Prejudential is a concise, authoritative exploration of America’s relationship with race and black Americans through the lens of the presidents who are elected to represent and govern all of its people.
Throughout the history of the United States, numerous presidents have been remembered as slaveholders, bigots and inciters of racial violence, but were others generally regarded as more sympathetic to the plight and interests of black Americans—such as Lincoln, FDR and Clinton—really much better? And what of all the presidents whose interactions with and impacts on the lives of black America are hardly considered at all? Over the course of 45 chapters—one for each president—Kimberley examines the condition of black America through the attitudes and actions of the highest elected official in the country.
This is not meant to be a definitive examination of the topic but rather an informative and engaging guide that illustrates the merits and especially the shortcomings of even those presidents considered more progressive than their contemporaries on race issues. By casting sunlight on an aspect of American history that is largely overlooked, Prejudential aims to increase awareness in a manner that will facilitate discussion and understanding.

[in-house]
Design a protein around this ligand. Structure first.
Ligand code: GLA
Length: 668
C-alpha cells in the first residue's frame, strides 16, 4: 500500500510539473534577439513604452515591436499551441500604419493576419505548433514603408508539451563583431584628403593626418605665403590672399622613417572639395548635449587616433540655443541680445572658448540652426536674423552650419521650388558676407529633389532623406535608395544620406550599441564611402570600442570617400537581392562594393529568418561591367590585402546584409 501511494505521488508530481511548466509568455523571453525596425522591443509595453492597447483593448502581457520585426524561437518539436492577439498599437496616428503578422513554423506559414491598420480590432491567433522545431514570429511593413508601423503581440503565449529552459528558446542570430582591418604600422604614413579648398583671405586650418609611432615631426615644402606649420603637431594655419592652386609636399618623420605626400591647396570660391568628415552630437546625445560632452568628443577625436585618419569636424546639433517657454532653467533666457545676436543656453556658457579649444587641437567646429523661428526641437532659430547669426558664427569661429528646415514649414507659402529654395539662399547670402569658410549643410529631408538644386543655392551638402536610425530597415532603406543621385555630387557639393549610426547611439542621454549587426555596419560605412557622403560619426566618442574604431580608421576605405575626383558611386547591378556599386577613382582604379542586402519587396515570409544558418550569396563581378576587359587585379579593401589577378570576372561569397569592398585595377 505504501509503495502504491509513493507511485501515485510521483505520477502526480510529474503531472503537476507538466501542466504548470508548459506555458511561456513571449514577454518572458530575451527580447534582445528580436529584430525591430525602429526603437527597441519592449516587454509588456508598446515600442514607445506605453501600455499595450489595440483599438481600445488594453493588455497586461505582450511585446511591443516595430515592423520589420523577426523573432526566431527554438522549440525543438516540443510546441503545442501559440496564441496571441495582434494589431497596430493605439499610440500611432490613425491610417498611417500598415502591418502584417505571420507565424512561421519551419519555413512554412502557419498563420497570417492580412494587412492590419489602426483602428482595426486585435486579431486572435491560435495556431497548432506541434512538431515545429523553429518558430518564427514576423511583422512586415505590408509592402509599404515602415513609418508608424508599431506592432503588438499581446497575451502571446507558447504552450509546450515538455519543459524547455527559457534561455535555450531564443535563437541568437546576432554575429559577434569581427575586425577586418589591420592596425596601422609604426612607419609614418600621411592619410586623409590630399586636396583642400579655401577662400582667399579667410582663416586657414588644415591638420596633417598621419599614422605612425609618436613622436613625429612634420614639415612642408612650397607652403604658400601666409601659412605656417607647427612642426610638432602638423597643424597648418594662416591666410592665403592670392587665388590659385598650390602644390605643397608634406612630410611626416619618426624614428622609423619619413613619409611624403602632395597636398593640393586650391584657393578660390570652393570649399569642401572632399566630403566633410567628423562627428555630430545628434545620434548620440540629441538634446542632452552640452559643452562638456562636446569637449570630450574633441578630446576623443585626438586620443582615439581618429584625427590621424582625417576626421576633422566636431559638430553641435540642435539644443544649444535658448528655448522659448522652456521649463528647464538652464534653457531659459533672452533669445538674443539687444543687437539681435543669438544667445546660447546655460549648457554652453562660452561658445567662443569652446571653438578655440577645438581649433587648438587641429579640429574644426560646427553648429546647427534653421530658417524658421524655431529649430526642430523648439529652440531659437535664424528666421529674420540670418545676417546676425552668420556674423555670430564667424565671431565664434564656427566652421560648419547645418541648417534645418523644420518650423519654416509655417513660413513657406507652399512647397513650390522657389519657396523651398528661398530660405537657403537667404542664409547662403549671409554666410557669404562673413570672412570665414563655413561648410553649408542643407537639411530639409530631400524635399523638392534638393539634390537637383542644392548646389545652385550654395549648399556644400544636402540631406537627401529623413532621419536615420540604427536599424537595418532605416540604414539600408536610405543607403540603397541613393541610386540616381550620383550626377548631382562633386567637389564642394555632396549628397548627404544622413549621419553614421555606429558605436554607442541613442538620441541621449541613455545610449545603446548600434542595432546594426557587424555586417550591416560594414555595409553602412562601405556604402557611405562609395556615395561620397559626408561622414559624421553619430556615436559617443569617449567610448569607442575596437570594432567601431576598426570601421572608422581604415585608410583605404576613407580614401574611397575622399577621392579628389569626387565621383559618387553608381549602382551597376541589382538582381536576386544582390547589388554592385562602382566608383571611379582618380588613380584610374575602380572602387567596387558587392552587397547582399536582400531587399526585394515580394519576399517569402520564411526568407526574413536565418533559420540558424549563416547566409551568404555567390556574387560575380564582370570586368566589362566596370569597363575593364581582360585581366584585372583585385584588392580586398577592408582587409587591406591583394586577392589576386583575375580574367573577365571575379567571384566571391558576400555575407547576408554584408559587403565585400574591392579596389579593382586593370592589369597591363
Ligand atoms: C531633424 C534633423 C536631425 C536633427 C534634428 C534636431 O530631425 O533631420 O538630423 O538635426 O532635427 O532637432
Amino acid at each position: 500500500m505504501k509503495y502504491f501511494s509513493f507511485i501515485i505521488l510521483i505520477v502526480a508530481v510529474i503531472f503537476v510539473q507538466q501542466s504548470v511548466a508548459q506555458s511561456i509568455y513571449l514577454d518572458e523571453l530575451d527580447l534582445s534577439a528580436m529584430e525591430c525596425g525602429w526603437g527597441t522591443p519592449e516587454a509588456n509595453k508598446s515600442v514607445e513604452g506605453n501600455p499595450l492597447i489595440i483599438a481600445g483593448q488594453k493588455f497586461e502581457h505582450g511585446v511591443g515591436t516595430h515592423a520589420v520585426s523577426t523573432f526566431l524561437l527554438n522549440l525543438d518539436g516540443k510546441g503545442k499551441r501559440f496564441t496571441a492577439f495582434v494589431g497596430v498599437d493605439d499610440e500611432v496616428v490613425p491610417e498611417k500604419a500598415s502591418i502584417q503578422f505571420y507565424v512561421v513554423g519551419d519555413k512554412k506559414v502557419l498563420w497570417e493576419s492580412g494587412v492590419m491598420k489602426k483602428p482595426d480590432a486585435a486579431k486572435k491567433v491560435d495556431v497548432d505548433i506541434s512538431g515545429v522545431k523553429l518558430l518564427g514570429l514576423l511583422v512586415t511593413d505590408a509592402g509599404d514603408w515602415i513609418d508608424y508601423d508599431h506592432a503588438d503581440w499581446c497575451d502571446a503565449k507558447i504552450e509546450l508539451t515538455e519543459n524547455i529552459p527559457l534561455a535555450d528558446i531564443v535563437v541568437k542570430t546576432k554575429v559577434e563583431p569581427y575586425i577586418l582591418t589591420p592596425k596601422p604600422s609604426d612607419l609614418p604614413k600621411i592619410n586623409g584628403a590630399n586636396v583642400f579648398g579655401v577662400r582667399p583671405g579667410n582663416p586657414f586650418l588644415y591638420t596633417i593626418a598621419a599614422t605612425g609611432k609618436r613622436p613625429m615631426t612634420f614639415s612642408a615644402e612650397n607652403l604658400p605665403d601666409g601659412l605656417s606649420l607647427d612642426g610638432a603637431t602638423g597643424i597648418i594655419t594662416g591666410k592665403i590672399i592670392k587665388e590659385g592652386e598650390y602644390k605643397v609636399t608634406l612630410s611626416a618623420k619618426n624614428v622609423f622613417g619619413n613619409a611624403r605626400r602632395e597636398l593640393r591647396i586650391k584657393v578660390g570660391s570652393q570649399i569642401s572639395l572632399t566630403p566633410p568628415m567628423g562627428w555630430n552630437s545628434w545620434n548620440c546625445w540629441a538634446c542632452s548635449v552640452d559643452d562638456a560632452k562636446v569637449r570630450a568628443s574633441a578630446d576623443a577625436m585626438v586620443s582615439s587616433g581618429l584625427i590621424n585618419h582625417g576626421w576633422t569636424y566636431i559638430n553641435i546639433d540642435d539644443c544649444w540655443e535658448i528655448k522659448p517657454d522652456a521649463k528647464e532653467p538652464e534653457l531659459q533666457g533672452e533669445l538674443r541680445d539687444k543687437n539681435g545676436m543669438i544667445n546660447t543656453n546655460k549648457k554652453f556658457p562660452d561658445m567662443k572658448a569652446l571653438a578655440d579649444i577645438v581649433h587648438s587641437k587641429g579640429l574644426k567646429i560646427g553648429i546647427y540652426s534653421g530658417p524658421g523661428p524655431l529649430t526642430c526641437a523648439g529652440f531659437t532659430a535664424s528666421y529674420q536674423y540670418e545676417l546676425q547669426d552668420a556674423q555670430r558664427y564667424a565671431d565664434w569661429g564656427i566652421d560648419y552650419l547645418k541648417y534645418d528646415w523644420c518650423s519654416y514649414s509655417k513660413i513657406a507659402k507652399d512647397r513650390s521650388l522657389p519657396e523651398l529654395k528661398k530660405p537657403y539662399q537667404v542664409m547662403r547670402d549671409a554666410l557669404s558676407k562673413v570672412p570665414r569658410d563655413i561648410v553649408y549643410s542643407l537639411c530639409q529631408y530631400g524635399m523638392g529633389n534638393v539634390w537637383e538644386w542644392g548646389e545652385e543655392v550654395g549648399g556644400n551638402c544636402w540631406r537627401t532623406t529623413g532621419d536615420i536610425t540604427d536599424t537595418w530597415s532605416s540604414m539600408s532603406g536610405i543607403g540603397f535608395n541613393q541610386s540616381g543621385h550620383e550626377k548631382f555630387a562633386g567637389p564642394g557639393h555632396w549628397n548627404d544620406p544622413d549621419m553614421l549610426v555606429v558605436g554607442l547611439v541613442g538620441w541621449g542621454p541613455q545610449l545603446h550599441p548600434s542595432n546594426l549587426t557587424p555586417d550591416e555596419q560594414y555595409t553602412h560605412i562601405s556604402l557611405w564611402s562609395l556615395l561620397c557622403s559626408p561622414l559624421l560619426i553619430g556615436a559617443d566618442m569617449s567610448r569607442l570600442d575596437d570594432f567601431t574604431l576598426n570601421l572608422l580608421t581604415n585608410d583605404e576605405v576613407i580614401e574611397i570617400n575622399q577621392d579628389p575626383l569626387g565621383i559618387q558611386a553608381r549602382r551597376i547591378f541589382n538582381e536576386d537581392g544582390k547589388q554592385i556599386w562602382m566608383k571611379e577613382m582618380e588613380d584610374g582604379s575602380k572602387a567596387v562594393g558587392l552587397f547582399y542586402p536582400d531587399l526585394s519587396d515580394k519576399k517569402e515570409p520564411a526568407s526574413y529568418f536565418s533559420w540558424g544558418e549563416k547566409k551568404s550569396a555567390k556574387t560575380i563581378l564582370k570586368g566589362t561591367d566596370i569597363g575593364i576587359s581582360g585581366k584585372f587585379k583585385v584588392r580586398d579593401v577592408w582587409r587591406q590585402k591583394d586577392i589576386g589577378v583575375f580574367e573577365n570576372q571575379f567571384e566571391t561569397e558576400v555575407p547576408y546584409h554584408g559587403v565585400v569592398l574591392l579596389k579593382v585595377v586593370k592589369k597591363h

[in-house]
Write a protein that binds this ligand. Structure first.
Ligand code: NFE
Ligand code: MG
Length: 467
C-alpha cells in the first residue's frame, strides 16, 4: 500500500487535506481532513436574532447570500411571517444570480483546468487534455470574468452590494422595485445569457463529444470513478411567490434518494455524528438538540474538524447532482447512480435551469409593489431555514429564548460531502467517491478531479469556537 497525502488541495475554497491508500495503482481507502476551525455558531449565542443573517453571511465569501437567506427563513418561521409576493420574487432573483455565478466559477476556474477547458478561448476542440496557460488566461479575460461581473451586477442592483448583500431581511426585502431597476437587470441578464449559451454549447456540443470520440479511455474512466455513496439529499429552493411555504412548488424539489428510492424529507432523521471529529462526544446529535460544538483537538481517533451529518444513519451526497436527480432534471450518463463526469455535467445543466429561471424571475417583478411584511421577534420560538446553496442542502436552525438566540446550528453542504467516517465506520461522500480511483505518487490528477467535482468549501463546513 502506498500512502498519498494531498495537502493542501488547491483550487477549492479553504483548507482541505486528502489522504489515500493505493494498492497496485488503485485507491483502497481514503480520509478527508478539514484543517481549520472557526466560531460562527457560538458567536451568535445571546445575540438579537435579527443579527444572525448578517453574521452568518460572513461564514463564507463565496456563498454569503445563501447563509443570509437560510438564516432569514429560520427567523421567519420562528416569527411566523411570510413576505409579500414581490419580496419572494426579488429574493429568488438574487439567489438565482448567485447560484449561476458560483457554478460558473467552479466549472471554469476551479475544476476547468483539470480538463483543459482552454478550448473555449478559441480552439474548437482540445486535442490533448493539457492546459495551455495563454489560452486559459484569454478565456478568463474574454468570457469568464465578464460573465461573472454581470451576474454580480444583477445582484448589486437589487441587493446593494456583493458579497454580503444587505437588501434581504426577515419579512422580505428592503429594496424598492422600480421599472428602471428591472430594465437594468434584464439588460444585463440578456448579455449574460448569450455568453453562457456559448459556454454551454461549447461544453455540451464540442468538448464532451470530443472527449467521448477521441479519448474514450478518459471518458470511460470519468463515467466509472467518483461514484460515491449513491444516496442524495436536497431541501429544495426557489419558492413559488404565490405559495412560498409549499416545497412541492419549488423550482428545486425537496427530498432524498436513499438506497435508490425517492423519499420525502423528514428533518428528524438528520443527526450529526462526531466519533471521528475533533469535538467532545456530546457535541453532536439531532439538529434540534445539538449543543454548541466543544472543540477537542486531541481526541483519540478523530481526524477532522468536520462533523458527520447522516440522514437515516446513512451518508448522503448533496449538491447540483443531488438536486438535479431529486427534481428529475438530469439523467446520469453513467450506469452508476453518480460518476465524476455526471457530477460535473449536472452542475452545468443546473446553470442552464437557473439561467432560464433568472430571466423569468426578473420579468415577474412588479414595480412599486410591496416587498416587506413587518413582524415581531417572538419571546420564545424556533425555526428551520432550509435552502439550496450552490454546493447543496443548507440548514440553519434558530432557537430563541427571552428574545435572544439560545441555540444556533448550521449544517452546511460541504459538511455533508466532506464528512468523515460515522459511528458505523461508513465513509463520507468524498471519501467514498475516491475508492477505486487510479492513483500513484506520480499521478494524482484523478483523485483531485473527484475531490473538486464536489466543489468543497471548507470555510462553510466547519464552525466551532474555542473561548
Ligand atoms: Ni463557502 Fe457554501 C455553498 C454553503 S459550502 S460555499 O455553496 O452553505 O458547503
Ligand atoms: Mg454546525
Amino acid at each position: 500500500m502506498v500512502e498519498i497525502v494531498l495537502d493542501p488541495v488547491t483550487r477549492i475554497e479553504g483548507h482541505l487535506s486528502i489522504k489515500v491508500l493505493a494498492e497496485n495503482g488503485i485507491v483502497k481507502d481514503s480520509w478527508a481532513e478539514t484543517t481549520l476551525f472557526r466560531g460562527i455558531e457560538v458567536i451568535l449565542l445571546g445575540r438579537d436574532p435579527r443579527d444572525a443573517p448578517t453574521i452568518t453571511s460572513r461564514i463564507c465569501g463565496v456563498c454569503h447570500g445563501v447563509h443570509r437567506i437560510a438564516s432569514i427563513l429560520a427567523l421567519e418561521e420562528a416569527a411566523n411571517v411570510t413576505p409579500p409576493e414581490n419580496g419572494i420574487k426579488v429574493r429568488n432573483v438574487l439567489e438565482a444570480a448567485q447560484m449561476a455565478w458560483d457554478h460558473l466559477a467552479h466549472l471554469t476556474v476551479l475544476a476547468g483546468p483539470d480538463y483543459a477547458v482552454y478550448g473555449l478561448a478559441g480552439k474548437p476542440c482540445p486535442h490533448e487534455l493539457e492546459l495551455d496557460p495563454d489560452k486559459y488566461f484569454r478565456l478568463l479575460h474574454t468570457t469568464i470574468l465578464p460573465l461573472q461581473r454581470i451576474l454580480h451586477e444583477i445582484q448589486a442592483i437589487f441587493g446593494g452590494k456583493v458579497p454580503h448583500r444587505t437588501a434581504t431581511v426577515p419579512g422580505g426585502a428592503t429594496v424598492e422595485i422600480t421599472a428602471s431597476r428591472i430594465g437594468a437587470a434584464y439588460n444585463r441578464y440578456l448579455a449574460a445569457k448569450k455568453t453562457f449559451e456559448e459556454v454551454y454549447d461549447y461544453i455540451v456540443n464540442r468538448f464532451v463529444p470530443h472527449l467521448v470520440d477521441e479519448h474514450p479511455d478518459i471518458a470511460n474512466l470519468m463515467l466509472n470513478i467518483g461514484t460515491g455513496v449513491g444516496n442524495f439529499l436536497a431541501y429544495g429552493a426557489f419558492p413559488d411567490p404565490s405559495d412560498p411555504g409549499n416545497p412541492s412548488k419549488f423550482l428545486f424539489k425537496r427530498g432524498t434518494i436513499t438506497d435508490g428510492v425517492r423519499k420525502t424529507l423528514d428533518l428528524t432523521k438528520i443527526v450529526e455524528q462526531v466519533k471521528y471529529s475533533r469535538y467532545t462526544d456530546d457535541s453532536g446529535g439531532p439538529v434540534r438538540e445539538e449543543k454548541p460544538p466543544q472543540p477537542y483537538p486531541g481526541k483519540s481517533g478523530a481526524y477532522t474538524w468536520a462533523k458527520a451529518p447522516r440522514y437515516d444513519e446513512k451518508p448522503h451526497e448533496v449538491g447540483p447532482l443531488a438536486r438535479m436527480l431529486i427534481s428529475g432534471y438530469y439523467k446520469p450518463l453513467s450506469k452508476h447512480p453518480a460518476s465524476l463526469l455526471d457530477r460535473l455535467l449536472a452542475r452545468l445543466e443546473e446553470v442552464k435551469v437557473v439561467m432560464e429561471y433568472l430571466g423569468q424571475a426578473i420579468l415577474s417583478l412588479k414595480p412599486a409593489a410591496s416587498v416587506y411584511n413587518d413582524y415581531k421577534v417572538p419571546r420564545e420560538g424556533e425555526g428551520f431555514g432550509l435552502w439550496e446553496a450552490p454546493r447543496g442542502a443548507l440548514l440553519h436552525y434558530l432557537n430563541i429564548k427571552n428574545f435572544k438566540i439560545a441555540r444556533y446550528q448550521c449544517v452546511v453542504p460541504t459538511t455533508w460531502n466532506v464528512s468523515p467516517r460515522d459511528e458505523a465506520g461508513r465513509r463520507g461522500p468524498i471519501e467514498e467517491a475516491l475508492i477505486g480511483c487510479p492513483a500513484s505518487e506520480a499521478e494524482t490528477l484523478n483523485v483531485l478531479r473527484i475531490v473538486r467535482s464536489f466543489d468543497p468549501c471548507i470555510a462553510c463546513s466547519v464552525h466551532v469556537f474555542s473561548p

Margaret Kimberley is a New York-based writer and activist for peace and justice issues. Dr. Cornel West has called her “one of the few great truth tellers who, along with Glen Ford, Adolph Reed, Jr. and Bruce Dixon, preserved her integrity during the Obama years.” She has been an editor and senior columnist for Black Agenda Report since its inception in 2006. Her work has appeared in the Dallas Morning News, Consortium News, American Herald Tribune and CounterPunch. She is a contributor to the anthology In Defense of Julian Assange. She is a graduate of Williams College and lives in New York City.
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